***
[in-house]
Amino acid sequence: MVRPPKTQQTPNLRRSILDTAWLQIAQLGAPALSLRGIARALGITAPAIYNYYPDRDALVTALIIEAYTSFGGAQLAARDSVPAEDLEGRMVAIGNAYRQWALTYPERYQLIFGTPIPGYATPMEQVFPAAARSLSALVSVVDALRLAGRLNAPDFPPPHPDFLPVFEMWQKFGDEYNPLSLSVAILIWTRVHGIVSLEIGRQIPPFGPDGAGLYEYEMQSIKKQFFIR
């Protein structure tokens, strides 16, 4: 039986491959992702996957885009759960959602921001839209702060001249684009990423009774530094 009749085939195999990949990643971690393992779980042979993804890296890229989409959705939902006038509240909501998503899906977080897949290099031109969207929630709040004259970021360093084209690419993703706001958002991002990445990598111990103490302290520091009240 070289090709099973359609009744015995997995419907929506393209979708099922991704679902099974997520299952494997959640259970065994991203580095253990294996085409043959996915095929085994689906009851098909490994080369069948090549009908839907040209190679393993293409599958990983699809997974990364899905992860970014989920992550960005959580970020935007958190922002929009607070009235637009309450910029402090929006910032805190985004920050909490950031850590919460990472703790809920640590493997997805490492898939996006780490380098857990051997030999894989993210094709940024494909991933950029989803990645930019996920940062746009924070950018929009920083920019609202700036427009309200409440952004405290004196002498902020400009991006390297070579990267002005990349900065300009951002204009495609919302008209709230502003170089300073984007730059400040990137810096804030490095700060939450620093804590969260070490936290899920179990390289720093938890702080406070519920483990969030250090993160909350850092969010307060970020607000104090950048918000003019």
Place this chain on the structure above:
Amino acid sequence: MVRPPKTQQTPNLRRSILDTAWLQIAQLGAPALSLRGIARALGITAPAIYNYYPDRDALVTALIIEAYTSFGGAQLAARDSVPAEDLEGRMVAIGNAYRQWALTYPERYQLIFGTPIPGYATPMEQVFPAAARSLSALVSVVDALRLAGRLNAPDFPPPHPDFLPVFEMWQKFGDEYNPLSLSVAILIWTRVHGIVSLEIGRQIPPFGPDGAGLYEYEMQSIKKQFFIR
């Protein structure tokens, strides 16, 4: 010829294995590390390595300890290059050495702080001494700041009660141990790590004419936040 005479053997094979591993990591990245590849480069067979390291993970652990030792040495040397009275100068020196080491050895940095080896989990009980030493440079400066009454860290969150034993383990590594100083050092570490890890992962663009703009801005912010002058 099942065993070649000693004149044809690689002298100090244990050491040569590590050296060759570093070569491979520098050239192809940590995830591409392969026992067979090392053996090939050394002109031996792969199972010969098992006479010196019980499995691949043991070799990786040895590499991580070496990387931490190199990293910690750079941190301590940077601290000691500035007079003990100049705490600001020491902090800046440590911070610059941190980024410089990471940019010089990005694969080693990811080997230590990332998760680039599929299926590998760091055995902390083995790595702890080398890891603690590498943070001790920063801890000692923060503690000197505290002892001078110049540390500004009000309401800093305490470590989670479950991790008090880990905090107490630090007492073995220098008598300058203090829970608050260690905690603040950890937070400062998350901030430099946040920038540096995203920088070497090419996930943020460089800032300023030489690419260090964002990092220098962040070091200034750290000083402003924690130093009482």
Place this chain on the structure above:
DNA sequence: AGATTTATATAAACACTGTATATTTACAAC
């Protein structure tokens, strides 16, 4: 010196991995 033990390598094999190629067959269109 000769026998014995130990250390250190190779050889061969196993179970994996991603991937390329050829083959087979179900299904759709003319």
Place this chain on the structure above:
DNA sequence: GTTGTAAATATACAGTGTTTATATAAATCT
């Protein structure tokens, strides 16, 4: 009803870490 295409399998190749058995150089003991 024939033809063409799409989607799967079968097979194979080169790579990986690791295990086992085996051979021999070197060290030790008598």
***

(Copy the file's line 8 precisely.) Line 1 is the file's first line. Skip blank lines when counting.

DNA sequence: AGATTTATATAAACACTGTATATTTACAAC